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At Home At Sea: Robert Redford, At His Best Alone

Robert Redford stars in <em>All Is Lost </em>as a solitary man struggling to make his yacht seaworthy again after it collides with a rogue shipping container adrift in the Indian Ocean.
Richard Foreman
Roadside Attractions/Lionsgate
Robert Redford stars in All Is Lost as a solitary man struggling to make his yacht seaworthy again after it collides with a rogue shipping container adrift in the Indian Ocean.

As I watched Robert Redford acting all by himself in the superlative survival-at-sea movie All Is Lost, I suddenly realized why the setup feels so perfect: Redford is most in his element when he's alone.

His strength — and it seemed huge when he started in the late '50s and '60s — has always been his ability to convey thought on-screen. But he has never been much of an inter-acter, which is one reason his Jay Gatsby in the 1974 The Great Gatsby adaptation was a nonstarter. Gatsby thinks he needs someone else to complete him, whereas Redford looked uncomfortable when Mia Farrow's Daisy invaded his personal space.

The only time Redford has shown convincing affection onscreen was for Paul Newman in Butch Cassidy and the Sundance Kid and The Sting. After that, his most successful pairing was with Barbra Streisand in The Way We Were — and there the whole point was that the pushy Jewish woman and vaguely embarrassed WASP had a kind of anti-chemistry.

So here he is alone in All Is Lost, as an unnamed man whose 39-foot yacht drifts into an abandoned shipping container in the middle of the Indian Ocean. The container punches a hole in the side, water pours in, and what follows is a chain of disasters I'd call a perfect storm if the phrase weren't so overused.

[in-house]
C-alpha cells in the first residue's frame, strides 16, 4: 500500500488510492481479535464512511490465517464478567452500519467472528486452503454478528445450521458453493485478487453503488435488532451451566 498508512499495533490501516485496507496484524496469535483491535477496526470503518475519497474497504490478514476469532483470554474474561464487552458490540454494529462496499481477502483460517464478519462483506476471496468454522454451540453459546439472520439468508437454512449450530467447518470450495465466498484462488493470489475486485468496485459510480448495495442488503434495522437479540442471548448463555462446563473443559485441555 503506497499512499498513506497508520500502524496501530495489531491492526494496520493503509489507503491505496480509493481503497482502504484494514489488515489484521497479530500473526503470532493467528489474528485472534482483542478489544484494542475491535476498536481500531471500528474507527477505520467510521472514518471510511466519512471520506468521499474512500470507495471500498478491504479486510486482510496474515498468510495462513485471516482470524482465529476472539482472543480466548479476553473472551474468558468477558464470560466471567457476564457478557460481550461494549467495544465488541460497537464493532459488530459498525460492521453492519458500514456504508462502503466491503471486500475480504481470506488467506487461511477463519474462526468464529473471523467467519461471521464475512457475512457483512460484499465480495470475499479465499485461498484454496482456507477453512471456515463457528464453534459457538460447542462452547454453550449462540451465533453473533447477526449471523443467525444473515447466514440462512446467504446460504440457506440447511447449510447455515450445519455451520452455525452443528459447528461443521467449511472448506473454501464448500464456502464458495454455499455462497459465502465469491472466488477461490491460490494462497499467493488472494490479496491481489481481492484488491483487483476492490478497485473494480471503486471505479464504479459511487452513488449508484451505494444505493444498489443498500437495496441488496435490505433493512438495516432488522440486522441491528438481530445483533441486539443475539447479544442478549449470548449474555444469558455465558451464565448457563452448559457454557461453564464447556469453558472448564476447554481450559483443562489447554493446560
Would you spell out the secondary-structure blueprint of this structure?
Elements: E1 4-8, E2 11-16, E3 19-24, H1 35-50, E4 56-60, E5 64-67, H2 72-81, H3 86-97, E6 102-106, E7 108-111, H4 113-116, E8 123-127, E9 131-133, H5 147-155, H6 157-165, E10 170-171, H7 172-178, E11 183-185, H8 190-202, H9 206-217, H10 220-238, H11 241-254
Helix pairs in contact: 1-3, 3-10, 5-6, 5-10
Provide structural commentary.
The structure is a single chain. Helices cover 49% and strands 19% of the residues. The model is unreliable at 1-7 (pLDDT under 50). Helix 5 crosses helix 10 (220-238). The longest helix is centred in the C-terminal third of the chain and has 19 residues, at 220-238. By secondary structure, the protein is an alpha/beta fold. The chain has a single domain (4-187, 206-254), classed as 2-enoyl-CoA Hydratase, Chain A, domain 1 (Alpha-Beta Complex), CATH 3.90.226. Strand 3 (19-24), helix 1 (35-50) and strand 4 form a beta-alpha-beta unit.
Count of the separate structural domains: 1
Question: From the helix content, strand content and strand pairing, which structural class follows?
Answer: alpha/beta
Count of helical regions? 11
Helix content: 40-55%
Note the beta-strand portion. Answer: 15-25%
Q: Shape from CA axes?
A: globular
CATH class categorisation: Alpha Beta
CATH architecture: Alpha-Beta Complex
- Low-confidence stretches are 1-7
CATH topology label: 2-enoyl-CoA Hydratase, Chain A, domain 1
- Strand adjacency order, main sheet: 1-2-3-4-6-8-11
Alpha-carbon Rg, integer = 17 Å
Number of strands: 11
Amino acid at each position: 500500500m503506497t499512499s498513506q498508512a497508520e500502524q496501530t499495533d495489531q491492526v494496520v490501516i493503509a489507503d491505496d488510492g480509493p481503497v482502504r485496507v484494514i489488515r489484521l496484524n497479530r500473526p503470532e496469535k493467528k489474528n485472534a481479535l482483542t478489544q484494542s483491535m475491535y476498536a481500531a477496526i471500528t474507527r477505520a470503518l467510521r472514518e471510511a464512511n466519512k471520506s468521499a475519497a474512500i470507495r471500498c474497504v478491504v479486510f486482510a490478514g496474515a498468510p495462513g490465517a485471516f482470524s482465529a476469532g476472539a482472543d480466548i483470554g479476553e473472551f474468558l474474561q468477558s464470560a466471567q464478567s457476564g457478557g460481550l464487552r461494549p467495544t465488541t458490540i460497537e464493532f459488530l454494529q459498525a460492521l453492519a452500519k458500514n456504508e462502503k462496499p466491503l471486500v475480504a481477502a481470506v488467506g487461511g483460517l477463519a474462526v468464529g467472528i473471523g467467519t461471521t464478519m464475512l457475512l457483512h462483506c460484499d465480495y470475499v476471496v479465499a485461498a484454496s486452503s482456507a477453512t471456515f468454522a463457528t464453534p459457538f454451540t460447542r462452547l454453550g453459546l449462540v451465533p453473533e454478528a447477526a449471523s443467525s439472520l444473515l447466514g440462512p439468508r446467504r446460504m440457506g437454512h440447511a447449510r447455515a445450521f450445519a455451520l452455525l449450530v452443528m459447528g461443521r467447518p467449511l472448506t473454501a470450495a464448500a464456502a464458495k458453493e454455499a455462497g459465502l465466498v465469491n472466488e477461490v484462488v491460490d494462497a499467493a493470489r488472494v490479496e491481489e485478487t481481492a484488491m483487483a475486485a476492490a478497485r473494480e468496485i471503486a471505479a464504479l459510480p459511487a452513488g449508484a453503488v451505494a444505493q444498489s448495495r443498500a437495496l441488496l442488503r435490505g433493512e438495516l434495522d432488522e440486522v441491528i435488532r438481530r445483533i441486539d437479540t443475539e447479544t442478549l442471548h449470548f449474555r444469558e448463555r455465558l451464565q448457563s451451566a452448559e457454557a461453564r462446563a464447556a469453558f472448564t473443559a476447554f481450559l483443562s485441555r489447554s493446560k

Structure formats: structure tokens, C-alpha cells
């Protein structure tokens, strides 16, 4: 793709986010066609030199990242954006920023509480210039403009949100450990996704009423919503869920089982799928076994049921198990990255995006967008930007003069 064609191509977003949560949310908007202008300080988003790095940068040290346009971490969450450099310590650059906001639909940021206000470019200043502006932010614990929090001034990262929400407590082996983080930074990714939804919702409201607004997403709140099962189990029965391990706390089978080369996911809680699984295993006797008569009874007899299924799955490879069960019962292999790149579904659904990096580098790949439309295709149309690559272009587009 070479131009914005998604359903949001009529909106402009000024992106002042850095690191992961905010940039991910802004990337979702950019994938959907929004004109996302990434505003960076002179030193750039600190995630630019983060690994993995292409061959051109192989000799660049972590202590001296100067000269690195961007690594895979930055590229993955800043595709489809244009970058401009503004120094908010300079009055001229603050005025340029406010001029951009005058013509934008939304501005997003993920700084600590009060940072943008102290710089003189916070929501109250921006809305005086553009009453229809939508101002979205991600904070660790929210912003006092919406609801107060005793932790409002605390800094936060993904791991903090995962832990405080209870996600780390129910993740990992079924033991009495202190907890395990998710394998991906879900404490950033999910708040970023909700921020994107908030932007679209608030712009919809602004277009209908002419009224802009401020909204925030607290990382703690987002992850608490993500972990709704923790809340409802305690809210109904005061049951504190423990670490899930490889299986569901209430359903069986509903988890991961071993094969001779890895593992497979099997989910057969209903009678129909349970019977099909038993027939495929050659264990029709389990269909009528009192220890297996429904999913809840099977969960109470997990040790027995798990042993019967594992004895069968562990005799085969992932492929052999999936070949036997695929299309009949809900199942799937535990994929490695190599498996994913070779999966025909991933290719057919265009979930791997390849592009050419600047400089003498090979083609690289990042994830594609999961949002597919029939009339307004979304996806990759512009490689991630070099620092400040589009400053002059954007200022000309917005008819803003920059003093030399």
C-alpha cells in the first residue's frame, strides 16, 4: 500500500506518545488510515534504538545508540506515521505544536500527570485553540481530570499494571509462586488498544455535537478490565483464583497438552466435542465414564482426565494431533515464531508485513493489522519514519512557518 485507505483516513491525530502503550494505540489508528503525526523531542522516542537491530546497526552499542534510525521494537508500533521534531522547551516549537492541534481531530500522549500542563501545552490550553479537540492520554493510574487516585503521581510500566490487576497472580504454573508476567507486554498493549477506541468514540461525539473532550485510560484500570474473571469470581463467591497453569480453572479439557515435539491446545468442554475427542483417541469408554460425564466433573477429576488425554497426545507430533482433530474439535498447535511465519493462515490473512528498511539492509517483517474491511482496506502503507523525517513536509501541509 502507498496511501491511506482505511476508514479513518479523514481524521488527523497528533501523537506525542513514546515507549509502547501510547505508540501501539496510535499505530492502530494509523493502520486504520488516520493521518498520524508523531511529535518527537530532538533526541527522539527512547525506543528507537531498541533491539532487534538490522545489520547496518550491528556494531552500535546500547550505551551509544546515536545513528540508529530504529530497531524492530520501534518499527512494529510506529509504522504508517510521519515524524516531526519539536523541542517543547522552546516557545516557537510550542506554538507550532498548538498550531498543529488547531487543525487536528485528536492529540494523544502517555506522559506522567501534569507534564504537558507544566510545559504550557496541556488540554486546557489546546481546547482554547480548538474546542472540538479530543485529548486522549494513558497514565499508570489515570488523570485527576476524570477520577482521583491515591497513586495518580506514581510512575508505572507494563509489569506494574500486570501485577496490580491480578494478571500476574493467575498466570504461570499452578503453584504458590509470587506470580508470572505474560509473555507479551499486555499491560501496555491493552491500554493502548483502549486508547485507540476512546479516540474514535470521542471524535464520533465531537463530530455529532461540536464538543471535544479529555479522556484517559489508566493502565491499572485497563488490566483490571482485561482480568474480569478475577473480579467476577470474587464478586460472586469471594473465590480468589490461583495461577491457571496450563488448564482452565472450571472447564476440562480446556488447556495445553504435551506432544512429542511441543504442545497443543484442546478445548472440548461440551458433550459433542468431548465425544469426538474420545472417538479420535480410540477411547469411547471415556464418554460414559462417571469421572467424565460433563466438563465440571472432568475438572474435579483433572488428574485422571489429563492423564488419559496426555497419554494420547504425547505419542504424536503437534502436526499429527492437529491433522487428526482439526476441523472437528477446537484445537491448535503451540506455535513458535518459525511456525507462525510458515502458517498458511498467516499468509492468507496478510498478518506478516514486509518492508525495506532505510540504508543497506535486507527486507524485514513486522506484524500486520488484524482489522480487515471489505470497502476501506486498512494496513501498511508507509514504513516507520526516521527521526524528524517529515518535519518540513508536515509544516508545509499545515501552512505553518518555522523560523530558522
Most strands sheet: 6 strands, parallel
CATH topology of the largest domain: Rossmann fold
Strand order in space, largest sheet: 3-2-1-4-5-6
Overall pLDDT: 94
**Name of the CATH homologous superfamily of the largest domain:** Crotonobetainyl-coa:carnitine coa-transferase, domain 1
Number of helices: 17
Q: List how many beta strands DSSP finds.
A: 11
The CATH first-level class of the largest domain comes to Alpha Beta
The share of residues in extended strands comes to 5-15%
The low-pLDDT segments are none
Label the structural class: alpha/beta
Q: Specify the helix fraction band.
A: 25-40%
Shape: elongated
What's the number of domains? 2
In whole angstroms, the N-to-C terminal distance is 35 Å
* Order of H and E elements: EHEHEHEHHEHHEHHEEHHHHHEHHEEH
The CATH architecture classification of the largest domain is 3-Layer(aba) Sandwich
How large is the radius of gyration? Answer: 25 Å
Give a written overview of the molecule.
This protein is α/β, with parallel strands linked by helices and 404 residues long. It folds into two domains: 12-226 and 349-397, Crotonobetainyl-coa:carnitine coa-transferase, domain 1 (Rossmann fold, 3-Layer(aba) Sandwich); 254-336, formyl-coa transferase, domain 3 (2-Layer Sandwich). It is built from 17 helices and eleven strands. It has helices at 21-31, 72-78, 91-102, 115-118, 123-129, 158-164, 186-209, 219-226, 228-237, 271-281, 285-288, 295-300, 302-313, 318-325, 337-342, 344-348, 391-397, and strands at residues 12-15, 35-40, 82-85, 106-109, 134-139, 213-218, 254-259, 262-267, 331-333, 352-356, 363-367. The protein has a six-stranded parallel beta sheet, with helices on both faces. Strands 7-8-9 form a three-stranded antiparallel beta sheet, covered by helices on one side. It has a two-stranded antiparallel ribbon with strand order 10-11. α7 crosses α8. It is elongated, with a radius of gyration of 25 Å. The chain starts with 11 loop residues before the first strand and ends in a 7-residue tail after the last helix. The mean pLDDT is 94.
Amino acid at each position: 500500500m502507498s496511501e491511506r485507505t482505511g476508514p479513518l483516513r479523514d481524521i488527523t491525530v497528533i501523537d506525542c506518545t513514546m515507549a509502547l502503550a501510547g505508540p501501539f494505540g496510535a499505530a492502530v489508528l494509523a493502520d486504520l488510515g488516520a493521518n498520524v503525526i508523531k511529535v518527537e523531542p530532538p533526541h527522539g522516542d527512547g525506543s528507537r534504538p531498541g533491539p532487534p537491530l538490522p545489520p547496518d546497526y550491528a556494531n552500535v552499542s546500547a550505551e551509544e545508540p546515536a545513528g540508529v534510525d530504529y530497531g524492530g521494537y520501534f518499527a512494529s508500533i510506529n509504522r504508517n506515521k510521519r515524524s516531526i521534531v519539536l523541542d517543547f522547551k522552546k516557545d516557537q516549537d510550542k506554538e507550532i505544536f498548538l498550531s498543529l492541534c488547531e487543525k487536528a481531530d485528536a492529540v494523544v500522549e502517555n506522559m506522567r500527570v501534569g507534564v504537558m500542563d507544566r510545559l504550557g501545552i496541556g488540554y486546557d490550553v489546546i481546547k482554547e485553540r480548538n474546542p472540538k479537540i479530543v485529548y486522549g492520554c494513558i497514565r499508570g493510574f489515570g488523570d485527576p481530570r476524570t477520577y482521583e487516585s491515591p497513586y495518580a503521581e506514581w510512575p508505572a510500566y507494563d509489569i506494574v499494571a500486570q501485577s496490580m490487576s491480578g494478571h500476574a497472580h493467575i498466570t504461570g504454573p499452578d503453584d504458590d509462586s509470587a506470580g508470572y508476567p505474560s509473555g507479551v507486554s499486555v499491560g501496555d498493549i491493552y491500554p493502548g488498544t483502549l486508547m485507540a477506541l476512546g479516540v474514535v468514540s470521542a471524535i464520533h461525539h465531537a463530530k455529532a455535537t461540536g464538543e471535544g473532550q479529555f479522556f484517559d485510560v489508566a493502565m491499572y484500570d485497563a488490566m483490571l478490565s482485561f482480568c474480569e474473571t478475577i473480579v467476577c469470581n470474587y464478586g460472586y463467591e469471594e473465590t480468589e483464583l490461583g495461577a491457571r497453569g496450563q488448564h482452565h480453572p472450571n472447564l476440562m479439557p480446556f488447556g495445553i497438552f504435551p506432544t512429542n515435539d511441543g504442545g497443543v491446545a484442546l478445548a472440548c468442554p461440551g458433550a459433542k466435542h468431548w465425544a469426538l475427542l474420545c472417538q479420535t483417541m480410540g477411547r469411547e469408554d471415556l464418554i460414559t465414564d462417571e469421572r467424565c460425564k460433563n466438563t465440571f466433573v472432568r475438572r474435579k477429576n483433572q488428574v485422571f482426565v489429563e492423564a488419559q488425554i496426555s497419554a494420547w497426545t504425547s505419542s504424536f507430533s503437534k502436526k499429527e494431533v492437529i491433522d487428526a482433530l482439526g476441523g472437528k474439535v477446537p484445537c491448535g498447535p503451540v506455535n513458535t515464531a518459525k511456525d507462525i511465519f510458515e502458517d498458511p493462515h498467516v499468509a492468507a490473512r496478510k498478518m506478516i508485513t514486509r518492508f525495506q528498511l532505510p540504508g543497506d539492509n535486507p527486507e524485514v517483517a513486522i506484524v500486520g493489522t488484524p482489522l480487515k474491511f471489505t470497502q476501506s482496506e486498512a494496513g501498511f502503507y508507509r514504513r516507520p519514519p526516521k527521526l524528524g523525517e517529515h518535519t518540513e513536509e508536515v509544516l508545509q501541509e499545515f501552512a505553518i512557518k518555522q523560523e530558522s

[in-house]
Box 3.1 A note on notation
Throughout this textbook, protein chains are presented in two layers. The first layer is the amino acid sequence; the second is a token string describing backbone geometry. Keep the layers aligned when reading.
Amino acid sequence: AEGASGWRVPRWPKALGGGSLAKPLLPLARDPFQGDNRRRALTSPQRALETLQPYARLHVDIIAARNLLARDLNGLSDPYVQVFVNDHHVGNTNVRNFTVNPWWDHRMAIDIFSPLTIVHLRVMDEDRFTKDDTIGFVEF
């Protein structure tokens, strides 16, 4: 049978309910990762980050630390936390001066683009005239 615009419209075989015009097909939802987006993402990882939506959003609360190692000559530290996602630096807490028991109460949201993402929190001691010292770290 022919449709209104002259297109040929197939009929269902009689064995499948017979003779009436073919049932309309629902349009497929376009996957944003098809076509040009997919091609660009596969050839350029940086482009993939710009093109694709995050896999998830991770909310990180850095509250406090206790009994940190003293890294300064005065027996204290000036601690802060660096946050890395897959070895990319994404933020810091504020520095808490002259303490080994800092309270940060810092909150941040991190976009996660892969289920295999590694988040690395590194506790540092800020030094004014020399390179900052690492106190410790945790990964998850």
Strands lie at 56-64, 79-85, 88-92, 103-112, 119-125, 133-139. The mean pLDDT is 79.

I'm not giving anything away: The movie opens with the man reading a goodbye letter in voiceover as what's left of a raft bobs up and down. He apologizes to someone — his family, presumably, but the recipients are, like the man's name and profession, unstated. The point is that with death imminent, he seems finally to understand the ways in which he wasn't there for the people who needed him.

All Is Lost then flashes back to the start of the debacle, with the man waking up to find water pouring into his yacht. The film is at heart a procedural thriller. The man must extricate his sailboat from that container, pump out the water that has flooded the electrical system, and in various ways make his vessel seaworthy again. Writer-director J.C. Chandor breaks the narrative down into perfect fixer-upper units, and I would never have guessed that boat repair could be so riveting.

Redford looks amazing for a man in his late '70s. His skin is cracked and weathered — which has been true for decades, since he started spending so much time on the ski slopes — but his face has held its shape. And I've never been so conscious of his physical assurance.

That strength of his I mentioned, that ability to convey thought, is what keeps us watching even though he doesn't say a word for the first 90 minutes: It's all music and the sound of the ship creaking as it bobs up and down, or the noise of the storms that nearly wipe him out.

All Is Lost is also a parable, and there's some heavy-handed religious imagery in the final moments. But something momentous does happen on-screen, something that speaks to our connection with actors over time. What Redford and Chandor have pulled off is the ultimate fusion of actor and character. As the man loses control for maybe the first time in his life — as all indeed seems lost — Redford does something unprecedented for him on-screen: He lets go. He makes contact with the audience as he never has before. He stops thinking.

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David Edelstein is a film critic for New York magazine and for NPR's Fresh Air, and an occasional commentator on film for CBS Sunday Morning. He has also written film criticism for the Village Voice, The New York Post, and Rolling Stone, and is a frequent contributor to the New York Times' Arts & Leisure section.
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